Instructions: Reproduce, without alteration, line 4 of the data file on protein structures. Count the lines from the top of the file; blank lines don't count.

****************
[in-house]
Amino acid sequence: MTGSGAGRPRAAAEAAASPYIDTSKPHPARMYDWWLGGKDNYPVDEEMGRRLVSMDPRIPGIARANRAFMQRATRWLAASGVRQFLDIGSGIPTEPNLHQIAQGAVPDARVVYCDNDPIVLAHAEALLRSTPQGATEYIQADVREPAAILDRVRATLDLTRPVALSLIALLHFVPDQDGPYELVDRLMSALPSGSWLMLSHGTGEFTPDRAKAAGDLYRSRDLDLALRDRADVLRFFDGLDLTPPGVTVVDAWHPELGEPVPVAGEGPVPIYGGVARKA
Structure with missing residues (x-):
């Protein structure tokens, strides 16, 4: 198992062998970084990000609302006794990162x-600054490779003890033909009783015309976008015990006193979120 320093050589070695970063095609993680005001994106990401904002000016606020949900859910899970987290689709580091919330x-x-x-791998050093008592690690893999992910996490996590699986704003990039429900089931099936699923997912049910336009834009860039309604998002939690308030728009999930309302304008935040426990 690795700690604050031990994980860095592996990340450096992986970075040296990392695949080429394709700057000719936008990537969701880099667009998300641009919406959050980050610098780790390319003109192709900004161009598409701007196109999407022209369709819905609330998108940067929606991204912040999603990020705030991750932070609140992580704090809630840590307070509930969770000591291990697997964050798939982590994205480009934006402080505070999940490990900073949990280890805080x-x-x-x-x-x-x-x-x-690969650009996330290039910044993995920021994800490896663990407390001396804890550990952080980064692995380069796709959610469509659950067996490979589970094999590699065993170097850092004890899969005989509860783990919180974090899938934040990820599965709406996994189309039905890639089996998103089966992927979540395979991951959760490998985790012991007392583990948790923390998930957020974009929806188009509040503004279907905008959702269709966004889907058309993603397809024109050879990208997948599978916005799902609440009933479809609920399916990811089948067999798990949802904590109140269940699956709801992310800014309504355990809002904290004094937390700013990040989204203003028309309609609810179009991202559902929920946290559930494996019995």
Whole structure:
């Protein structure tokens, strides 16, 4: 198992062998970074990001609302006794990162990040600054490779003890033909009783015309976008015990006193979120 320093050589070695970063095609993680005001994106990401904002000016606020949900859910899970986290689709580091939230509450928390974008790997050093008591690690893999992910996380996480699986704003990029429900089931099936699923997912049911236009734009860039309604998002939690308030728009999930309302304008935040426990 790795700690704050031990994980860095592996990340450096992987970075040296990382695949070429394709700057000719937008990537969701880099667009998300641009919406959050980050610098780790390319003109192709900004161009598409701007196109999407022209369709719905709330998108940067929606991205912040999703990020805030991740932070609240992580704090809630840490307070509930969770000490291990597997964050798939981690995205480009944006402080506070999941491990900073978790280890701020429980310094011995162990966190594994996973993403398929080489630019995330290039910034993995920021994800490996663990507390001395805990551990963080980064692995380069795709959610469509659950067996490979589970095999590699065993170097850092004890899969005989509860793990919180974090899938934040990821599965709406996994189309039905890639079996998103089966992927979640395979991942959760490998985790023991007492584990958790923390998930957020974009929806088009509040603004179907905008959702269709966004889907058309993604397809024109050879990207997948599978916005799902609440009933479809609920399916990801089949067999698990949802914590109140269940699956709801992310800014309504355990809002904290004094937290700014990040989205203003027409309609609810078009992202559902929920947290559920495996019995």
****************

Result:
């Protein structure tokens, strides 16, 4: 198992062998970084990000609302006794990162x-600054490779003890033909009783015309976008015990006193979120 320093050589070695970063095609993680005001994106990401904002000016606020949900859910899970987290689709580091919330x-x-x-791998050093008592690690893999992910996490996590699986704003990039429900089931099936699923997912049910336009834009860039309604998002939690308030728009999930309302304008935040426990 690795700690604050031990994980860095592996990340450096992986970075040296990392695949080429394709700057000719936008990537969701880099667009998300641009919406959050980050610098780790390319003109192709900004161009598409701007196109999407022209369709819905609330998108940067929606991204912040999603990020705030991750932070609140992580704090809630840590307070509930969770000591291990697997964050798939982590994205480009934006402080505070999940490990900073949990280890805080x-x-x-x-x-x-x-x-x-690969650009996330290039910044993995920021994800490896663990407390001396804890550990952080980064692995380069796709959610469509659950067996490979589970094999590699065993170097850092004890899969005989509860783990919180974090899938934040990820599965709406996994189309039905890639089996998103089966992927979540395979991951959760490998985790012991007392583990948790923390998930957020974009929806188009509040503004279907905008959702269709966004889907058309993603397809024109050879990208997948599978916005799902609440009933479809609920399916990811089948067999798990949802904590109140269940699956709801992310800014309504355990809002904290004094937390700013990040989204203003028309309609609810179009991202559902929920946290559930494996019995």